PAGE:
October is National Cholesterol Month, encouraging you to make small changes to your lifestyle for better health.

Cholesterol plays a critical role in your body's functioning. It’s a waxy, fat-like substance that your body needs for building cell membranes, producing hormones, and synthesising vitamin D. 

It is transported through the bloodstream in two main forms: low-density lipoprotein (LDL) and high-density lipoprotein (HDL). LDL cholesterol is often referred to as ‘bad’ cholesterol because high levels of it can lead to the buildup of plaque in arteries, increasing the risk of heart disease. On the other hand, HDL cholesterol is known as ‘good’ cholesterol, as it helps transport cholesterol away from your cells, reducing the risk of heart disease.

Over 50% of the adult UK population currently suffer with elevated cholesterol. And you have an equal likelihood of having elevated cholesterol regardless of gender.

We explore the main risks of high cholesterol and how you can make small changes to your habits to decrease your risk.

woman holding chest concerned about heart

Dangers of high cholesterol

The biggest risks from high cholesterol are for your cardiovascular health.

With an elevated cholesterol level, you are more likely to have or develop:

  • Heart disease, as a result of reduced blood flow through LDL cholesterol plaques narrowing your arteries.
  • A stroke, due to plaques forming in the arteries to the brain. 
  • Hypertension (high blood pressure), making your heart work harder to keep blood circulating.
  • Peripheral Artery Disease, which occurs when plaque reduces blood flow to extremities, such as the legs. This can cause numbness, pain, tingling and permanent tissue damage.
  • A heart attack, due to blocked blood flow to the heart muscle, usually because of a clot on a plaque in a coronary artery.
  • Chest pain (angina), which can be a warning sign of underlying heart disease.
  • A reduced quality of life, as a result of fatigue, shortness of breath and lower stamina.
  • Increases in other health problems, such as diabetes, obesity and metabolic syndrome.

You may need to be treated with:

  • Invasive procedures, such as opening narrowed arteries or bypass surgery.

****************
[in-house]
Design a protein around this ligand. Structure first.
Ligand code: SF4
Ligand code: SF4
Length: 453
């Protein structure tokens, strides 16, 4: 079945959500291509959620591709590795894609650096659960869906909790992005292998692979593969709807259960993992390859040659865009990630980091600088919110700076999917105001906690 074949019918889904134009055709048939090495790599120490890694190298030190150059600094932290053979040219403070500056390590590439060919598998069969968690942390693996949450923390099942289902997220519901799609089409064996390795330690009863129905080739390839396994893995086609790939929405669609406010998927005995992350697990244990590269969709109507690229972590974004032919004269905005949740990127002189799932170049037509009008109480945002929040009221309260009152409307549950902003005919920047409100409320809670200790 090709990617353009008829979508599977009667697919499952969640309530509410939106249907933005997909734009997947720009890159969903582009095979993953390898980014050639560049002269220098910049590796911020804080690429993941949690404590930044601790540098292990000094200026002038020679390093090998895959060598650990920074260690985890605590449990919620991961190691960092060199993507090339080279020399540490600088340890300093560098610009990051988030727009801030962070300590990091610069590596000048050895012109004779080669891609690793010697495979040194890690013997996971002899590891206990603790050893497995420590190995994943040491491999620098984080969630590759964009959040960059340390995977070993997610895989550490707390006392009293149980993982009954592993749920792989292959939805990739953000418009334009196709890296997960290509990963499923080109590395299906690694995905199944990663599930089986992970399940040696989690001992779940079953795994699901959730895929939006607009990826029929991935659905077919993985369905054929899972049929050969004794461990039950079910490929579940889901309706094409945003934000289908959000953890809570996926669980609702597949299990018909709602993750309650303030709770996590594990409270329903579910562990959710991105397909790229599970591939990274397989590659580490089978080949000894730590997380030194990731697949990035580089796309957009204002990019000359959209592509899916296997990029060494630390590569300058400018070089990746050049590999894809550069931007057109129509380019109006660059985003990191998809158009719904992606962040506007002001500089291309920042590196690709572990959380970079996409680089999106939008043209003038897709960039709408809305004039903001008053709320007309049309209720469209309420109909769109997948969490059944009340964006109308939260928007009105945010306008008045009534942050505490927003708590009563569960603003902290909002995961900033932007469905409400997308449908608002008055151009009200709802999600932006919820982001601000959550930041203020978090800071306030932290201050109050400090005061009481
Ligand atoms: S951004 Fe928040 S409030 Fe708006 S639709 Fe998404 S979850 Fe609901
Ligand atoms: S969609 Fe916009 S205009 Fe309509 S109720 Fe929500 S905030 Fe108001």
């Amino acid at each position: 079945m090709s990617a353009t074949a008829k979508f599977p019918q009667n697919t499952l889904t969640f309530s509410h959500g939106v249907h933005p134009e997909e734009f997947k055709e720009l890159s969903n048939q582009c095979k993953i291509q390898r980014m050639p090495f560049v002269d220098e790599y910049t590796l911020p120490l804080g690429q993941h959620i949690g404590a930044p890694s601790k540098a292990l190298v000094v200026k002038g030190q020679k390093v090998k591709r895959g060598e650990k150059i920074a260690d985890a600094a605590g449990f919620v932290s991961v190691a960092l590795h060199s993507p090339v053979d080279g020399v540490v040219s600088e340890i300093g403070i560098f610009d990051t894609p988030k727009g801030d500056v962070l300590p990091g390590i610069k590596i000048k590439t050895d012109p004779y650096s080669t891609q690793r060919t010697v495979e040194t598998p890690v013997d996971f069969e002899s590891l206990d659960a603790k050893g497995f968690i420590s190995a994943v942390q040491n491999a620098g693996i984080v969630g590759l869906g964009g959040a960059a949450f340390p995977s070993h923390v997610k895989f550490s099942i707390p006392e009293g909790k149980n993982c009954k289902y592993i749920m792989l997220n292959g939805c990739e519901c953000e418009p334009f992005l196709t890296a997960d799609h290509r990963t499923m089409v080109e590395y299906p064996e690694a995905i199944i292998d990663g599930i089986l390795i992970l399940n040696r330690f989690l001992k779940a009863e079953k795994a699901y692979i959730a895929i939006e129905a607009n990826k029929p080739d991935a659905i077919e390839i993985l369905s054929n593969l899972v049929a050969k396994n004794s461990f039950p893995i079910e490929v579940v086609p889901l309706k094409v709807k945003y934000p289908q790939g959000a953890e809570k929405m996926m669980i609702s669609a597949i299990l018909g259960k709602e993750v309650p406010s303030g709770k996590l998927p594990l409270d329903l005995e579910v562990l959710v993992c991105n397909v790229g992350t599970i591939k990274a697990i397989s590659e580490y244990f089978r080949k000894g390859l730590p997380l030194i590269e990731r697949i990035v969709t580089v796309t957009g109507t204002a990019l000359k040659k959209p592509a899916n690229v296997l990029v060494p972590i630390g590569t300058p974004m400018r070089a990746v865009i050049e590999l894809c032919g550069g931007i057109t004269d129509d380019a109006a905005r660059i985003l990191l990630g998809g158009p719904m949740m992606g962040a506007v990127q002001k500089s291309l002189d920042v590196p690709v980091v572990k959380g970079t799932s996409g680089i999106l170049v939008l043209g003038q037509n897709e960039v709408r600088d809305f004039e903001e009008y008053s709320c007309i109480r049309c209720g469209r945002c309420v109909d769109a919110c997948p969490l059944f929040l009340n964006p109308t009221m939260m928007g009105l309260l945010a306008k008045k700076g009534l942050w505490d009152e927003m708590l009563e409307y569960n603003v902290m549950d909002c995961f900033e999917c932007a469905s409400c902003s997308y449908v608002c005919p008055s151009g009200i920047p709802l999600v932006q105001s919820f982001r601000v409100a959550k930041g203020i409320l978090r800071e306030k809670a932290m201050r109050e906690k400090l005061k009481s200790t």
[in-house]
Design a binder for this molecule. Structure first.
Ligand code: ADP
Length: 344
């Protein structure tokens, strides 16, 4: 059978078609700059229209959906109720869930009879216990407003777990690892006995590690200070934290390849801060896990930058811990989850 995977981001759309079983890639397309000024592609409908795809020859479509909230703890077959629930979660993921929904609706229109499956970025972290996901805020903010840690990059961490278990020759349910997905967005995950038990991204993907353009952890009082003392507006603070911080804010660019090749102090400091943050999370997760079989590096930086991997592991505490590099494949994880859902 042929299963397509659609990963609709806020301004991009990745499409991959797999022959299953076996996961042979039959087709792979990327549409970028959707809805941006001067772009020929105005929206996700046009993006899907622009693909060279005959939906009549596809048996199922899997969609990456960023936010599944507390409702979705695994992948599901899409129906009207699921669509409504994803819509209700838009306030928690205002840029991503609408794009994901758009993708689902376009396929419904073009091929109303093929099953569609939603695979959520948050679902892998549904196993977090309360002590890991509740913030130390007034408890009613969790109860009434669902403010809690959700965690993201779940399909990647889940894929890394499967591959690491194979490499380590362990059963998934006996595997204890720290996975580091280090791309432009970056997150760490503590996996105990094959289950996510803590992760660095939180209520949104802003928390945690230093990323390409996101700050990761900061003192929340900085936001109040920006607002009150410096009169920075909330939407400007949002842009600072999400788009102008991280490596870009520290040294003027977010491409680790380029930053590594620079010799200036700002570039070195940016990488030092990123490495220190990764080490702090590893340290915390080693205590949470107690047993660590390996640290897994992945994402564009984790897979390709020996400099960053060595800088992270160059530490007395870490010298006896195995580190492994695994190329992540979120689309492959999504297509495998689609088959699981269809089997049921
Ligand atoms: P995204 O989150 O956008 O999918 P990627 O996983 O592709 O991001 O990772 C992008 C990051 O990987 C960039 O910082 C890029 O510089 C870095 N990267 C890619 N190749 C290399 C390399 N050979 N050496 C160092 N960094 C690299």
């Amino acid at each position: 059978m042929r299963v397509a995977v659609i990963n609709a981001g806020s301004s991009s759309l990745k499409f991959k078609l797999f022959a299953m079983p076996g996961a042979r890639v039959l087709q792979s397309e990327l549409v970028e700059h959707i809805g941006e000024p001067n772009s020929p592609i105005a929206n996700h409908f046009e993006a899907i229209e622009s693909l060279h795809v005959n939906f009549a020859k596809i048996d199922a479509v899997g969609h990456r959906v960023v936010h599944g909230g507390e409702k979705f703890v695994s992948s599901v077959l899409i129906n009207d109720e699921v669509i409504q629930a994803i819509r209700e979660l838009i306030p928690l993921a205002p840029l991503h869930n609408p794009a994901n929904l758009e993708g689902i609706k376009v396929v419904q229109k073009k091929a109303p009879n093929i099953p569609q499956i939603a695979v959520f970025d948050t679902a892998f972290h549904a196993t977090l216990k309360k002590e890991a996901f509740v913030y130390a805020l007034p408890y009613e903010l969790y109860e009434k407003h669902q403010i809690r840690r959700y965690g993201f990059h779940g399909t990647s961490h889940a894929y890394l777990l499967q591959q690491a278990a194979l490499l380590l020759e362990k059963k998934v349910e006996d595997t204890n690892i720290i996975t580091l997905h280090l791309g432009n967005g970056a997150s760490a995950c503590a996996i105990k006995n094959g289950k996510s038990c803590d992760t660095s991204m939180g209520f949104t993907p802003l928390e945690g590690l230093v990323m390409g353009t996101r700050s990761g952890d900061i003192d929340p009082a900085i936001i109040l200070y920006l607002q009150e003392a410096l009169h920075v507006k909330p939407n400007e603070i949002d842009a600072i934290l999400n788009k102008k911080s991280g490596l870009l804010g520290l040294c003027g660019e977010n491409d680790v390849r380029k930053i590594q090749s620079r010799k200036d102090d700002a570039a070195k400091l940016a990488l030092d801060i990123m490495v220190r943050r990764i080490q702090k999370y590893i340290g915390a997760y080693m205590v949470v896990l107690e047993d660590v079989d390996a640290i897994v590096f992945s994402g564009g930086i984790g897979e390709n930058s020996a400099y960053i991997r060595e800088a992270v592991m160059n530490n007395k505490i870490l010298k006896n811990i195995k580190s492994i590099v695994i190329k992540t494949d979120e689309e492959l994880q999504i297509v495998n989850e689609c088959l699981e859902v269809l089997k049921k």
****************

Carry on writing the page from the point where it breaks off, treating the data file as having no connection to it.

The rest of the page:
• Medication, such as statins.
  • Lifestyle changes, such as diet, exercise and stopping smoking.

Fortunately, early intervention and lifestyle changes are really effective at helping lower your cholesterol and manage your risks.

healthy eating tips illustration

Cholesterol-lowering habit changes

High cholesterol could be caused by things you can control like lifestyle habits. Or things you can’t, like age and family history. Keeping on top of the things you can control with simple habit changes can help to lower your risk of heart and circulatory disease.


Food choices are one of the best ways to manage your cholesterol. Include plenty of fruit, vegetables, whole grains, fibre-rich foods and lean proteins. Different foods can increase the ‘good’ cholesterol or lower the ‘bad’.

Try to eat more:

  • oily fish, like mackerel and salmon
  • whole grains, such as wholewheat bread or brown rice
  • unsaturated fats, such as avocados
  • nuts and seeds
  • fruits and vegetables
  • fibre-rich foods, such as lentils, beans, oats and seeds

Try to eat less:

  • meat pies, sausages and fatty meat, such as mince that isn’t lean
  • butter, lard and ghee
  • cream and hard cheese, like cheddar
  • cakes and biscuits
  • food that contains coconut oil or palm oil
  • takeaways
  • high-salt snacks
Regular Exercise

Getting more active is a key part of managing your cholesterol. Exercise increases your ‘good cholesterol’ and improves your overall cardiovascular health. Aim for at least 150 minutes of moderate-intensity exercise a week for the best benefits.

Stopping smoking

Smoking increases ‘bad cholesterol’ and lowers ‘good cholesterol’, increasing your risk of heart attacks and stroke. Stopping smoking will reduce your cholesterol and the risks that come with that.

Reducing alcohol

Cutting down on alcohol will help your liver to work better at removing bad cholesterol. It may also improve your heart health in other ways by helping you lose weight and lower your blood pressure.

How can you get started?

Experts recommend you pick just one or two habits you’d like to change, rather than changing everything at once! Then, once you’re happy with the changes you’ve made, pick another one or two you’d like to add. This way, the changes don’t feel overwhelming and they are much more manageable.

Remember that you don’t have to make these lifestyle changes alone. Fill in our assessment questionnaire to see which of our services could support you best!

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